This week the fish started acting more like trout — eating and moving on well-presented flies — and less like lost tourist visiting the river for the first time. We caught good numbers of fish between 14 and 17 inches. Two notable catches were the huge hook jawed males that came out of the same riffle giving angler Jeff Robuck great fights and even better memories caught on camera.

As for what is working for us — it’s the usual suspects. Tandem nymph rigs using a 4X 7-1/2’ leader with a larger attractor and a small (size 20) midge tied on a 16” 5X tippet dropper under a small Thingamabobber. Top attractor patterns included eggs, stones, and pheasant tails size 12-16. Midge patterns included CT trico emergers, RS2s, and zebra midges in sizes 18-20.

Additional stocking will continue throughout the winter and the fishing will continue to improve along with our colder winter weather. Flows are low but consistent and with the recent rains the river is in excellent shape. All in all, the Guadalupe River trout season is off to its anticipated splendor.

When it rains, it pours!

As I sit here writing this report it’s raining—AGAIN! It’s rained more this October than any October I can remember. Not complaining — all this rain is a blessing and the entire Texas Hill Country needs lots more rain. Our rain to date has given the aquifer a good shot and the flows on area rivers are slowly coming up. This in combination with cooler temperatures — water and air — have got the big bass eating top-water flies like there was no tomorrow. I have been hitting the San Marcos and Colorado Rivers — in between torrential rains — and the fishing has been excellent.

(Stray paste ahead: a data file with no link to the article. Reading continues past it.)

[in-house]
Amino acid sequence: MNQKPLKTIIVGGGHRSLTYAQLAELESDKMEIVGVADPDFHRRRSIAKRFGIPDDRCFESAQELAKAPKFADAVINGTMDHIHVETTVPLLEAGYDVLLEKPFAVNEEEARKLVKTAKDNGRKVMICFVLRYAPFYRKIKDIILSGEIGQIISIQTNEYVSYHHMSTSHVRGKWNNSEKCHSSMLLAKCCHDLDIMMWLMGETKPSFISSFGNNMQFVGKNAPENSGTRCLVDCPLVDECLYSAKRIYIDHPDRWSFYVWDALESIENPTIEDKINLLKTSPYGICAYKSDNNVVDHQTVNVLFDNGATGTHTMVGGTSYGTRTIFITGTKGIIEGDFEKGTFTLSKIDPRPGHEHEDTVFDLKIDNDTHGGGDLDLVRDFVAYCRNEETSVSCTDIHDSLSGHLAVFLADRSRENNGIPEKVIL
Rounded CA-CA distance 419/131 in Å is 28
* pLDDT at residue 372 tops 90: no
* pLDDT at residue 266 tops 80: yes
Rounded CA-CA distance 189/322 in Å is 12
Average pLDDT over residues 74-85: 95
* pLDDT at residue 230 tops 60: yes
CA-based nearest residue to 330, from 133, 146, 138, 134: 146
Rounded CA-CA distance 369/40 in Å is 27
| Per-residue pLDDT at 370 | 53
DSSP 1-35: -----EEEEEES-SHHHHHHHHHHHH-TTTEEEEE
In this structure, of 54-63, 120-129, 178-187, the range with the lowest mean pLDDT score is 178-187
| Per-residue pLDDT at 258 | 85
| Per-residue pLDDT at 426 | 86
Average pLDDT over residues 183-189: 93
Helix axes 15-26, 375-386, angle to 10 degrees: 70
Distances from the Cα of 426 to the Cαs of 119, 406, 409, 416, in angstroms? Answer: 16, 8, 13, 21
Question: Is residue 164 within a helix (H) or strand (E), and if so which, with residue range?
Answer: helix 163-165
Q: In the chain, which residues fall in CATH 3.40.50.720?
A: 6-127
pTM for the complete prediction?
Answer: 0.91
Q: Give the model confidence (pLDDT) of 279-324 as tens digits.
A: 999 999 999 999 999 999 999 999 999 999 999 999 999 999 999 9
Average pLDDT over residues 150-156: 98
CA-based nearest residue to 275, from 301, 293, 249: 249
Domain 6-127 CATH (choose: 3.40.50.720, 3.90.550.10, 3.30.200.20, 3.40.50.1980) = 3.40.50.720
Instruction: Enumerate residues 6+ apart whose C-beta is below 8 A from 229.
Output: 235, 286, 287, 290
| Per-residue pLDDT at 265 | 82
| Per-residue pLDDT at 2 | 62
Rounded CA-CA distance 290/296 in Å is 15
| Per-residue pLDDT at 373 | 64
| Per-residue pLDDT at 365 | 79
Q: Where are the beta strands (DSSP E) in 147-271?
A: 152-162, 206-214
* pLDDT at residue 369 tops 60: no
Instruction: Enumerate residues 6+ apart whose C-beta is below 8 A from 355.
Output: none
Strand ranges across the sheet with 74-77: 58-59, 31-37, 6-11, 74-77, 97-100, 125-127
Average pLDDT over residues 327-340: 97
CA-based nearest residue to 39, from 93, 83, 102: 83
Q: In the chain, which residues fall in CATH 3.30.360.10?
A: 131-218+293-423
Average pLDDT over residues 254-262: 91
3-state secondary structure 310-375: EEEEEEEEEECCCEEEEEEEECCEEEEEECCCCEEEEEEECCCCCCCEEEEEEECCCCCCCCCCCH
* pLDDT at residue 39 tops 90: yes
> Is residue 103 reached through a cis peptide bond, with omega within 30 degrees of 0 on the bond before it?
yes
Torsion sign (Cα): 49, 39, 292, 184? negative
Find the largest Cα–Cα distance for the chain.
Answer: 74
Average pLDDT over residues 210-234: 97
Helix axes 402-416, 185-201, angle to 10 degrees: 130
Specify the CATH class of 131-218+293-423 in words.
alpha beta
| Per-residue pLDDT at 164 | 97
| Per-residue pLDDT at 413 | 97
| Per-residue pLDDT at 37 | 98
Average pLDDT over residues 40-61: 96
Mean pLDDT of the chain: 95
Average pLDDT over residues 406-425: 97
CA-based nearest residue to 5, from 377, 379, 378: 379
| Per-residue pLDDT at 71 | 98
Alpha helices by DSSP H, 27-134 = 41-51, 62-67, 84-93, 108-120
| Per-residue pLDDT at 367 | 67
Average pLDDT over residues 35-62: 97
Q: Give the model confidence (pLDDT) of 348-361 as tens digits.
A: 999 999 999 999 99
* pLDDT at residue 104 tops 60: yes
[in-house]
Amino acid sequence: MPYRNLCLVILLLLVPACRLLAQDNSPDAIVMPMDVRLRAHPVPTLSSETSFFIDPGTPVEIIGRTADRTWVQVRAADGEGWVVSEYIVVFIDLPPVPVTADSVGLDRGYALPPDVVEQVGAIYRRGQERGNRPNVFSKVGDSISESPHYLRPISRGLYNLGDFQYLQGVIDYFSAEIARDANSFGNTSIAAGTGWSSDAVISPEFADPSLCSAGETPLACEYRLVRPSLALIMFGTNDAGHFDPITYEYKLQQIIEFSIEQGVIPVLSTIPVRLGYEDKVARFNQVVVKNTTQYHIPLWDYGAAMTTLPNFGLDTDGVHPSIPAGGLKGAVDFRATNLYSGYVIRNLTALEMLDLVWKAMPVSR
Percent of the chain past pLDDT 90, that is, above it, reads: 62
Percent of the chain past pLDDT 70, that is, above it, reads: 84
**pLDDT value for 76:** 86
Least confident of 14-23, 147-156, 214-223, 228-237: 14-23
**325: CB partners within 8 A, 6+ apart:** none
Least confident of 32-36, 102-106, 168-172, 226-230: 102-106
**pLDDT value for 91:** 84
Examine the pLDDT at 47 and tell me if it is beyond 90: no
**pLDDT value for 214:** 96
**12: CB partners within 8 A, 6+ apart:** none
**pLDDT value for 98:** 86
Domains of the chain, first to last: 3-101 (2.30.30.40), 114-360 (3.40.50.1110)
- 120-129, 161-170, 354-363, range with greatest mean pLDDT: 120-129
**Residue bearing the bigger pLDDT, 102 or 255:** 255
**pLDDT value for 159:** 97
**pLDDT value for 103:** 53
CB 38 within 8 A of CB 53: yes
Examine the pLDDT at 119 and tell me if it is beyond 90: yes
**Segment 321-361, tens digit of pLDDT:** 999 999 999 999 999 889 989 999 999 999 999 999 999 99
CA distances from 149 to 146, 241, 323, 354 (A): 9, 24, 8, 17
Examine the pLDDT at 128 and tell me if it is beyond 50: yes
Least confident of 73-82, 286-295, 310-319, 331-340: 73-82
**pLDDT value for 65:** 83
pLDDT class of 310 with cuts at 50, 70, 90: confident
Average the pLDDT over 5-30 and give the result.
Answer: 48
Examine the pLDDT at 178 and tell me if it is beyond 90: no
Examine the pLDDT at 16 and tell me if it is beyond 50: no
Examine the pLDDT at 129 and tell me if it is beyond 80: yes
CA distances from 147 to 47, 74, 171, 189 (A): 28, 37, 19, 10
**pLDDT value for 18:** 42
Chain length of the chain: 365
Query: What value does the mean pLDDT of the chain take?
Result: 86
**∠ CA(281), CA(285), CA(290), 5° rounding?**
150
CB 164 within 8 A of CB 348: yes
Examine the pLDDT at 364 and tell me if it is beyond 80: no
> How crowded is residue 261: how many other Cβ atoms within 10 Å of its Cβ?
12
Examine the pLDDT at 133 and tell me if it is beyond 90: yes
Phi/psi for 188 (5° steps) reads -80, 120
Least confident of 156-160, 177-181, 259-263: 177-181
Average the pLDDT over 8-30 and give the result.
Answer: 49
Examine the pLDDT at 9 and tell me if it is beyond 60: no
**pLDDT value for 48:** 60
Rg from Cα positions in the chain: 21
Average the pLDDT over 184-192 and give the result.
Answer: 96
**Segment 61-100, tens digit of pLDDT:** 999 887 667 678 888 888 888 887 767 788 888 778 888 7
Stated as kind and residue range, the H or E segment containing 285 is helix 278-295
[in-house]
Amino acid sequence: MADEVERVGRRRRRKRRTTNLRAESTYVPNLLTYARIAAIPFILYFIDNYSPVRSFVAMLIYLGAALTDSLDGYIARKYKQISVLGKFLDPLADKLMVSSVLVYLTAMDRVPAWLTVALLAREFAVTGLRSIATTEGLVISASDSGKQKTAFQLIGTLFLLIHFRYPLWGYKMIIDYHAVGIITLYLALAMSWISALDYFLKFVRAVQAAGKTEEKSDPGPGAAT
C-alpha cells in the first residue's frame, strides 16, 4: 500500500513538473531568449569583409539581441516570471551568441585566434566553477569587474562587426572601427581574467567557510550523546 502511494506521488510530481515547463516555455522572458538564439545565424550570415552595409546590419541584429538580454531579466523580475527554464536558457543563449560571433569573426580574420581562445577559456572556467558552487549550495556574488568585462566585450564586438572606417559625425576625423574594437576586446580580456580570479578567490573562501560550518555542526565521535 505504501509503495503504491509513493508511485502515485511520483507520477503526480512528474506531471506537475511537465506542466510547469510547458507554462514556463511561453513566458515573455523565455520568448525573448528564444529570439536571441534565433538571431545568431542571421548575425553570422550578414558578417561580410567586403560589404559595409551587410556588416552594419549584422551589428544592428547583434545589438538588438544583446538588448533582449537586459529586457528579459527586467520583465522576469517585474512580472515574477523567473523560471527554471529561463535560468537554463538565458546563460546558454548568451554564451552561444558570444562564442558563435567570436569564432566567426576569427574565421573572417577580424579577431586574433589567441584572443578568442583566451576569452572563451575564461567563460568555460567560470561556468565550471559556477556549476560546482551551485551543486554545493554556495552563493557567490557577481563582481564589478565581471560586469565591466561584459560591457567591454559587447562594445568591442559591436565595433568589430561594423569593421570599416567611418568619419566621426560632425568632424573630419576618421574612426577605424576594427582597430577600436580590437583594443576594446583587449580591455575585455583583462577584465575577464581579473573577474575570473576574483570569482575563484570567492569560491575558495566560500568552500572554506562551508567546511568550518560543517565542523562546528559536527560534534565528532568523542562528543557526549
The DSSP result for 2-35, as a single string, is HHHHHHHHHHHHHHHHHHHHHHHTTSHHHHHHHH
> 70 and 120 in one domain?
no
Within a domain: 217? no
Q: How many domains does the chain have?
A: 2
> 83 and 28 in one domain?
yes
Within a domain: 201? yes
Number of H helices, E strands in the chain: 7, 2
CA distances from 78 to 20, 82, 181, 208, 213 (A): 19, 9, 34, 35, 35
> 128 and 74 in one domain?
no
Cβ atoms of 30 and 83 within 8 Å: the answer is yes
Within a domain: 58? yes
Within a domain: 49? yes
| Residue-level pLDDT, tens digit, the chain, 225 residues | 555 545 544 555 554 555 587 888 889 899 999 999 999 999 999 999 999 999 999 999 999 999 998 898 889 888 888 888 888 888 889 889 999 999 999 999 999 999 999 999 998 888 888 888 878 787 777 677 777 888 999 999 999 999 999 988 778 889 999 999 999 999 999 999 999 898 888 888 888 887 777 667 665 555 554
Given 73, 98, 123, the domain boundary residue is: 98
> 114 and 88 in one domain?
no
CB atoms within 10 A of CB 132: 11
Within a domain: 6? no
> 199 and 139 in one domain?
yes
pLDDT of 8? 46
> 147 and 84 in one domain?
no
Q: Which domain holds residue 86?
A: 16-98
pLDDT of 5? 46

I began the month with a father and son outing on the lower San Marcos River with Brent Davis (father) and Nate Davis (son) of Liberty Hill Texas. I knew the 9.5 mile trip would be long and with a flash flood a week prior to the trip there would be plenty of new river hazards to add to our adventure. The latter was to hold true as the flash flood had downed plenty of old growth pecan trees that offered up some exciting rafting. The fish must have not had good meal in several days — courtesy of the flash flood — because we started hooking bass right from the get-go. I can’t recall a recent trip where we caught the quantity and quality of bass as on this trip. Nate ended the day with a personal best — a monster large-mouth that was fooled by a well-presented diver-frog pattern on a Mystic 5wt rod. Having two very accomplish fly-fisherman on board and a river full of eager bass is my idea of Utopia.

Well, the rain has been consistent, which means guiding has been a little less frequent. With water clarity just a few days away we should put together some epic bass trips before all attention turns to rainbow trout on the Guadalupe River. Looking forward to just a few more monster bass on poppers before the holiday season closes out our bass fishing until spring.

Happy Halloween everyone and please remember to go through your kid’s candy and taste test them all just to be safe. Here's a  tasty treat for your eyes that I like to call "bass-candy-corn".